Crab pot surveillance nets 25 offenders

News release | 20-Feb-2018

A 12-month Queensland Boating and Fisheries Patrol (QBFP) surveillance operation in North Queensland has resulted in 25 people being charged with interfering with crab pot apparatus.

QBFP North Queensland District Manager Glenn Shiels said the operation, which finished in January 2018, targeted Ingham, Townsville, Airlie Beach and Mackay following complaints from recreational and commercial fishers alleging interference with crab pot apparatus.

“This surveillance operation demonstrates QBFP’s focus on the detection of interference with crabbing apparatus across Queensland,” Mr Shiels said.

“The operation resulted in 22 infringement notices being issued with fines totalling $27,490 whilst three offenders received official cautions.

“A total of 10 offences were detected in Townsville, nine in Mackay, five in Airlie Beach and one in Ingham.”

Mr Shiels said it was an offence for a person to interfere with crab apparatus which do not belong to the person and this included disturbing or lifting the apparatus.

“Under Fisheries regulations, stealing fishing apparatus you didn’t set, including crab pots, is a criminal offence and those caught will be referred to the police,” Mr Shiels said.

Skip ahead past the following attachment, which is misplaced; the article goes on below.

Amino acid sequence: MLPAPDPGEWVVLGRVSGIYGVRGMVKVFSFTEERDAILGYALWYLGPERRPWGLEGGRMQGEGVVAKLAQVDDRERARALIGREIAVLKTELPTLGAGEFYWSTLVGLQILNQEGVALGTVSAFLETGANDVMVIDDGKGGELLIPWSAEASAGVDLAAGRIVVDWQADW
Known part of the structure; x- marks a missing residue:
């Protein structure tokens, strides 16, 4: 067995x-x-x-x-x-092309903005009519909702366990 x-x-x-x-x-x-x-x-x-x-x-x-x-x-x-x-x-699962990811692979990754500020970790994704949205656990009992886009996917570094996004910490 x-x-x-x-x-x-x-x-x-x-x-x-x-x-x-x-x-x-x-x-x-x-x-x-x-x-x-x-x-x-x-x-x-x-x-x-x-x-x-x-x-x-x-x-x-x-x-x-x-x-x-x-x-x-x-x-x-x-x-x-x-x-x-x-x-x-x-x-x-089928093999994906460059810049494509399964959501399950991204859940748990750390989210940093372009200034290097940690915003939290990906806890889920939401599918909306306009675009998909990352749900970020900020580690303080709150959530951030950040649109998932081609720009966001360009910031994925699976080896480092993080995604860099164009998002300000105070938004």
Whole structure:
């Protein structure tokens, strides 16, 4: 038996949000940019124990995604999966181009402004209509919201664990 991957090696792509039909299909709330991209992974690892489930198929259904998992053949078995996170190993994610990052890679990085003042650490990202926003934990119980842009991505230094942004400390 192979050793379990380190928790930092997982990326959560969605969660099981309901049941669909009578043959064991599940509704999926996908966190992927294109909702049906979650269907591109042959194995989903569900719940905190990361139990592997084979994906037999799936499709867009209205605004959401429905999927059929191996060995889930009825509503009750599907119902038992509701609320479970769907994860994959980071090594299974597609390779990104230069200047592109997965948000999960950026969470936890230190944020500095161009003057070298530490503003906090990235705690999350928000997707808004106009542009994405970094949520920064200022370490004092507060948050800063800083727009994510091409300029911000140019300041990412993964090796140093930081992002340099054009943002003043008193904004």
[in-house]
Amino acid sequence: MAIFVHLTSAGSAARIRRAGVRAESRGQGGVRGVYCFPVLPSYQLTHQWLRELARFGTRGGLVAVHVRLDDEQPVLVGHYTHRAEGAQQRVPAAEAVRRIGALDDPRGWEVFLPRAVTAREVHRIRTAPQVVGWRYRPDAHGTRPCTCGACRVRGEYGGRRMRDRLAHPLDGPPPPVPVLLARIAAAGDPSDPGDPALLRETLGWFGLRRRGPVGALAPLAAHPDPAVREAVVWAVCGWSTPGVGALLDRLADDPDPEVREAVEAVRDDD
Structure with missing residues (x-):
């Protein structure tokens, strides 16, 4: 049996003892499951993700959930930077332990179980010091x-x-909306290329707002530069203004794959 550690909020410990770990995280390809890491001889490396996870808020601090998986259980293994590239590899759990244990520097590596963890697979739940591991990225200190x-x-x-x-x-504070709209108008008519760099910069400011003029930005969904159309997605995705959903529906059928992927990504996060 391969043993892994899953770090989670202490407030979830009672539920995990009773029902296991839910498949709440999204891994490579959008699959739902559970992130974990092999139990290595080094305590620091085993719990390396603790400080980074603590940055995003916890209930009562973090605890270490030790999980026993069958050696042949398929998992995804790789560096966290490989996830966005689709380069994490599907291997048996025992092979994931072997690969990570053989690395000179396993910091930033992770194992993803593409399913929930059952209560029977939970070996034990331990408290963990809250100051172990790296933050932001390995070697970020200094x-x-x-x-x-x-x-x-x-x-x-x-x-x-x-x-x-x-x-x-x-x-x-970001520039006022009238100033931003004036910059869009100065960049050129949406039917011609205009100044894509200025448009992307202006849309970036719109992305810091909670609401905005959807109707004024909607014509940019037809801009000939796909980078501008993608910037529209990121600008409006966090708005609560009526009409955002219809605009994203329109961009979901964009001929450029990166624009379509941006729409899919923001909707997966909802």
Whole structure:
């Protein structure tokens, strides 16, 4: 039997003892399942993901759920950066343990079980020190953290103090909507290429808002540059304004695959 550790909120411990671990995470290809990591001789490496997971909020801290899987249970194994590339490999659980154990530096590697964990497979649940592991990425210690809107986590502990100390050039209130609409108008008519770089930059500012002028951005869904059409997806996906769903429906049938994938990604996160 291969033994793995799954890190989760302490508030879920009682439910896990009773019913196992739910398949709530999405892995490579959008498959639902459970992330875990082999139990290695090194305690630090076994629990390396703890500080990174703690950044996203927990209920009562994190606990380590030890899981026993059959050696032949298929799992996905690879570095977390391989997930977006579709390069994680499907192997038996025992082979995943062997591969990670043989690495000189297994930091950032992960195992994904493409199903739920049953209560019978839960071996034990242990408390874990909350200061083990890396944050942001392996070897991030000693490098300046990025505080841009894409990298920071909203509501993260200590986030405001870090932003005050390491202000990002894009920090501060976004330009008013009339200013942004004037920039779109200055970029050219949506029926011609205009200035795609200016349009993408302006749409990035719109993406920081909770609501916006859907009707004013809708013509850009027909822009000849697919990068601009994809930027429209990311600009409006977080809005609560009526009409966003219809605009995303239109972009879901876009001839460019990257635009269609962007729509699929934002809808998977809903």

“On the spot penalties for crabbing-related offences include fines ranging from $252 to $504 for undersized crabs and excess possession limits to $1261 for interfering with crabbing apparatus. 

“Maximum penalties can exceed $126,000.”

Mr Shiels said interference with crab pots was an issue across Queensland and a high percentage of fisheries complaints received by QBFP related to crab pot interference.

“The problem occurs in waterways across Queensland and an increased incidence of crab pot interference occurs near higher population centres,” Mr Shiels said.

“QBFP conducts targeted operations, which include the use of sophisticated covert camera technology, to ensure compliance with fisheries regulations in response to community concerns and specific intelligence information.

“Crab fishers are also encouraged to take responsibility for monitoring their own fishing apparatus and to ensure pots and dillies are marked correctly with the owner’s name and address.”

If you suspect illegal fishing, whether seen in person or online, report it to the Fishwatch hotline on 1800 017 116. Don’t engage with the person, as this can compromise an investigation.

For more information on Queensland’s fishing regulations, visit www.fisheries.qld.gov.au, call 13 25 23 or download the free ‘Qld Fishing’ app from Apple and Google app stores.

Follow Fisheries Queensland on Facebook, Twitter and Instagram (@FisheriesQld).

ENDS

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